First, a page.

The theme of the conference was “The age of engagement, or the age of low-attention?” It’s an interesting theme because engagement and low-attention are two of the big shiny industry concepts right now, and on their face are about opposite things. The low-attention processing model tells us that contrary to the way most people think advertising works, it can still be very effective without people consciously paying attention to it or remembering they’ve seen it, especially in the case of stuff with emotive content. But engagement is about trying to make communications that are so interesting that people choose pay attention to them.
Of course, they’re both big,
important theories and I’m horribly oversimplifying. But as far as I can tell it comes down to this: everyone agrees that
today people face more clutter, more choices, and more control over what they watch/read/browse/do than ever. Where people differ is on what
the implications are. We can assume people
will never again pay conscious attention to advertising messages and design
messages to be processed in the background at low-attention levels, or we can
try to make communications more engaging so people will choose to spend time
So, good theme, but I think the conference organizers got it a bit wrong because as the theme suggests, they tried to set up the day as an either/or proposition. The conference chair asked the audience several times over the day which camp we were all in, were we being persuaded one way or the other. But why do they have to be diametrically opposed choices? I think it’s a false dichotomy. They both look like valid models to me, and I can think of situations where each is right to use. It just depends on your objectives. (This is one of my favorite planner-isms, by the way. It can get you out of any debate. But it does tend to be true.)
And even on the same brand at the same time,
surely they can
co-exist. Some communications in a campaign could be designed
to work in the background, constantly reinforcing brand associations
you even realizing it, while other communications are designed to
reward attention and aim for social currency. Isn’t this what the big
beer companies like Budweiser do already? Half of their advertising is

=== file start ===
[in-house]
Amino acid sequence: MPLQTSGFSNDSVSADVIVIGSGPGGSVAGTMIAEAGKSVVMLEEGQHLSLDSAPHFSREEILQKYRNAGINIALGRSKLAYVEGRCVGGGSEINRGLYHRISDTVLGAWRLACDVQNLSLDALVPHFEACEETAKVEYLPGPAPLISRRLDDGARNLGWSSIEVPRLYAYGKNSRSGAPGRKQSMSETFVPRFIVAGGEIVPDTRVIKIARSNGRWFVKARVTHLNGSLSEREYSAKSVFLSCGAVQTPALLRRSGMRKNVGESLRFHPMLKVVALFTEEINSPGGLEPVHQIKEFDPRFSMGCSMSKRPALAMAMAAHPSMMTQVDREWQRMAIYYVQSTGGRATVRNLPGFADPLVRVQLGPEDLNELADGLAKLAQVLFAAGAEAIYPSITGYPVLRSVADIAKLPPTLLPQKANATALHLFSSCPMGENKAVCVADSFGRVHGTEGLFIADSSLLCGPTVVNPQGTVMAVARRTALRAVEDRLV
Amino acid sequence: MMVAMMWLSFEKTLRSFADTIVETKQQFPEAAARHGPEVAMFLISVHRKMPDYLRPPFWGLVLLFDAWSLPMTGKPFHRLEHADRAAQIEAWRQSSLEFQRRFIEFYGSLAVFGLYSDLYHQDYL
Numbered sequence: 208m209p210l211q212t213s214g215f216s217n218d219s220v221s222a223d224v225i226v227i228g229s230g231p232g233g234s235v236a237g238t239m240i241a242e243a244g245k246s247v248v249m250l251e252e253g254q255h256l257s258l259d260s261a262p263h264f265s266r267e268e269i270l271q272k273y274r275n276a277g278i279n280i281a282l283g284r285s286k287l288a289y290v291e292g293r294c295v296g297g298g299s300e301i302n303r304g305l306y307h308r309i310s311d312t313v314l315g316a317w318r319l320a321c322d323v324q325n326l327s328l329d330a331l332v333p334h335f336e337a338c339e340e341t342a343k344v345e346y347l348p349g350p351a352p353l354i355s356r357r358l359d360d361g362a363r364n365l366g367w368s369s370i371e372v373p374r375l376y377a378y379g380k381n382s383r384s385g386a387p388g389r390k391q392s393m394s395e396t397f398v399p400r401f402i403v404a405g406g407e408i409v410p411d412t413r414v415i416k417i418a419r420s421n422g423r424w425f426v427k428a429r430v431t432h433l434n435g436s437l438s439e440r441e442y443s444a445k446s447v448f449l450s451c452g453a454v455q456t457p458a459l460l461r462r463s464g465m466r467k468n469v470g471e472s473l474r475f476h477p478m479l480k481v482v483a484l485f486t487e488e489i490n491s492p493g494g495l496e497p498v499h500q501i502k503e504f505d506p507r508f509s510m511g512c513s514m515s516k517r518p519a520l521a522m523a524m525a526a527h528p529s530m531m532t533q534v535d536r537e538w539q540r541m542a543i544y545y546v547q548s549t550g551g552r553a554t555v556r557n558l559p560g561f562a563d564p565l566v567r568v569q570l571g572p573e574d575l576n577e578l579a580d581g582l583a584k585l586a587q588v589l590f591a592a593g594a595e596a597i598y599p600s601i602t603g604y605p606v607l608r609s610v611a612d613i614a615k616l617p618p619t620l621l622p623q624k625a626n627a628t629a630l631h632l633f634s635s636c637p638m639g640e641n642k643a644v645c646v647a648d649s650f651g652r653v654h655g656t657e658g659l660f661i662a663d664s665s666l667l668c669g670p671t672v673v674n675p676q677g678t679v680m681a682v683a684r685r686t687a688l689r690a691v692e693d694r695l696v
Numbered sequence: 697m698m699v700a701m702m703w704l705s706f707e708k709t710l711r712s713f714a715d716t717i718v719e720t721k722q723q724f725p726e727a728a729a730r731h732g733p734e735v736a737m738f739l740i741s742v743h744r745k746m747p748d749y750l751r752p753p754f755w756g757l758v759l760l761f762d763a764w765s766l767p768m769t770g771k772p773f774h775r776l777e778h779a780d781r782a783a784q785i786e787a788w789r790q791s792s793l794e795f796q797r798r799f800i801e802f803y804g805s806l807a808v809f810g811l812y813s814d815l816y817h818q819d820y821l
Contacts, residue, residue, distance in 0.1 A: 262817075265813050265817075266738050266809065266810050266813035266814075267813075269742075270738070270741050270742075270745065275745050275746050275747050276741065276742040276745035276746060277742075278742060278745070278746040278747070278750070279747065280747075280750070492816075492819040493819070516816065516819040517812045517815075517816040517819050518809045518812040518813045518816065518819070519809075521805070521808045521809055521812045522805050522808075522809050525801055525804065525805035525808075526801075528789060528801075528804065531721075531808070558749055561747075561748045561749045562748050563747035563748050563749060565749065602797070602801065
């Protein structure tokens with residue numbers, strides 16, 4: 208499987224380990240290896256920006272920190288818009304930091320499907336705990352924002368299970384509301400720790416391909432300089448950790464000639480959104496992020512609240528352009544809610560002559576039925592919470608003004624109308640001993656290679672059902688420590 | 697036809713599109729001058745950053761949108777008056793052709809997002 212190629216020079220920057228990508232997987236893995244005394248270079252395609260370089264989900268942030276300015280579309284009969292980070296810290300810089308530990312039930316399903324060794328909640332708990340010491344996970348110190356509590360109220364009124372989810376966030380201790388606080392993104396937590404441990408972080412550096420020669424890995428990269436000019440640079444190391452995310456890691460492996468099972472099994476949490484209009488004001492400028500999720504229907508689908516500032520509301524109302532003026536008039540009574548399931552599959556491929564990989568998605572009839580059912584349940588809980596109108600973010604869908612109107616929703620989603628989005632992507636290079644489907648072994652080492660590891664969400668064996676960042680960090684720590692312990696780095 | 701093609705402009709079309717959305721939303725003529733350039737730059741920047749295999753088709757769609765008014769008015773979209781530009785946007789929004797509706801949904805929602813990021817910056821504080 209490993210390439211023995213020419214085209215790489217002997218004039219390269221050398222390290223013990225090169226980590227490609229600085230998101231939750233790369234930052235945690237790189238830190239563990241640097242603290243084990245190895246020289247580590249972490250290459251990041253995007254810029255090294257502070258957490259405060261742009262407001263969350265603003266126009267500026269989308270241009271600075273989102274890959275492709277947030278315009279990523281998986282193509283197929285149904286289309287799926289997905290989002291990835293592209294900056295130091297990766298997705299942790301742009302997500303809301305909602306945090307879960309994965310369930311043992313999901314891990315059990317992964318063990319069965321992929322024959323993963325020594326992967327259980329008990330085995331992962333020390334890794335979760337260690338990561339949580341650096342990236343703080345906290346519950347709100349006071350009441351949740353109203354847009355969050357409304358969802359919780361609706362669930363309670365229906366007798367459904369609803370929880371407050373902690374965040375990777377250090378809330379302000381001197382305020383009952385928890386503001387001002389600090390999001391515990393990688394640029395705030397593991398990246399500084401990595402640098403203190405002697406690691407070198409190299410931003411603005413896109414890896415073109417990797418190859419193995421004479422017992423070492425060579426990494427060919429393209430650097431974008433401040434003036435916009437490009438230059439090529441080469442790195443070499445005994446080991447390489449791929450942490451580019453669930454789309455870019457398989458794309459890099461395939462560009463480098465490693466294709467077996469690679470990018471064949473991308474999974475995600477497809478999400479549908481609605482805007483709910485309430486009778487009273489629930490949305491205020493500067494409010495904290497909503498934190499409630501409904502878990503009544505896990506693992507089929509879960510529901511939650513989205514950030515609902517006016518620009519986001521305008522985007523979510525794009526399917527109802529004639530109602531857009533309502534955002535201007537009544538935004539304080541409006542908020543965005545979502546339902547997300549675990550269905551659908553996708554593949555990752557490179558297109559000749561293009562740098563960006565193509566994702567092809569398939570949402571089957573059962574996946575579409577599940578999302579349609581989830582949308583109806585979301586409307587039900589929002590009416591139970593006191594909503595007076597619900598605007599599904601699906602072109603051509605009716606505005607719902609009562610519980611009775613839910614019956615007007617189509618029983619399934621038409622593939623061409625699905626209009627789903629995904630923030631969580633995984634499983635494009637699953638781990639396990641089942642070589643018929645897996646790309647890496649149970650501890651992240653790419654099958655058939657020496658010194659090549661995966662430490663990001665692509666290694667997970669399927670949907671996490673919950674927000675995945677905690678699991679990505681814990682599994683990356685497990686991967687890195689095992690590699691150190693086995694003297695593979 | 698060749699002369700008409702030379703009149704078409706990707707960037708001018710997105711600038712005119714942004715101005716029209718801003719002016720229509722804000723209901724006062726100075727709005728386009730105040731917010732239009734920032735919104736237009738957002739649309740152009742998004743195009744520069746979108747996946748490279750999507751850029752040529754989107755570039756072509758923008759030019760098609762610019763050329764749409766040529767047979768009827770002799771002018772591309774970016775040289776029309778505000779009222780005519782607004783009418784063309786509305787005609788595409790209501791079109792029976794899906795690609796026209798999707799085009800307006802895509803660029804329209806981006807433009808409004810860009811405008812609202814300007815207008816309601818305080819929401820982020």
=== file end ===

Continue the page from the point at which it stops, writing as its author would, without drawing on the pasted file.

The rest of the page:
classic warm fuzzy imagery
stuff like pour shots, icy bottles, dripping glasses, and Clydesdales, while the other
half are funny ads with huge production values, of which enough are made that some occasionally become hits and conversation
pieces. Granted, this requires big enough budgets to have lots of different
in market all the time. But anyway, the point is surely low-attention and engagement are not
One big difference between low-attention and engagement certainly emerged over the course of the day: one is well defined, and the other isn’t. Low-attention is a topic everyone is clear on, and in case anyone wasn’t, Robert Heath, the father of Low-attention - he coined the phrase - was the first speaker and he was quite persuasive making that case again. He’s a very smart man, and there’s a lot of evidence to support this idea, both from market research (he introduced some new research he's done on 140 famous ads) and from brain science. This idea is generally accepted now, even though we’re still wrestling with its implications. Why do we do research using high-attention processing (forced exposure) when at home people mostly watch ads (and often TV in general) with low-attention? Why do we care so much if people can recall the message, or if they say they’ve been persuaded by an ad? Why do we treat details like music and typefaces and casting as "executional" instead of strategic? How do we measure unconscious emotional responses?
But the specificity and depth of that idea was contrasted with the fact that every speaker defined engagement in a different way, sometimes so much that they were talking about completely different things. A few of the later speakers commented on this, but it never really got resolved. Not that this was really the forum to resolve anything. But it made me realize how much engagement is a buzzword that is still very ill-defined. And as is the case with ill-defined things, everybody keeps using it to help them make whatever point they were already making.
So depending on the speaker, engagement was...
- a trick advertisers pull by putting something amusing or shocking in a TV ad to get you to pay attention before introducing the brand message
- any non-mass marketing
- not interactivity
- "taking your message to the consumer"
- communication that uses multiple touchpoints
- active participation in, rather than passive consumption of communication
Not entirely conducive to moving the debate forward. At least most people seemed to admit that engagement was something worth pursuing and understanding better, but even that wasn’t universally accepted: Robert Heath began the day by making a very bold claim that he doesn’t believe in engagement at all: “advertising is something that consumers don’t go out to find.” This is so obviously mistaken that I’m surprised someone that intelligent would say it. Millions of people download ads from YouTube or Google Video or brands’ own websites and email them around to their friends. People with PVRs will skip most ads but will actually stop and rewind to watch the occasional one. And there's the Superbowl. Sure it’s true that most days most ads are awful, and that people do want to avoid most ads, but obviously some brands and agencies have figured out a way to create value which makes their stuff worth watching. We should be learning something from those examples, not writing them off because the rest suck.
Well, that turned into more of a longish rant than I was expecting. I’ll post a summary of the presenters tomorrow.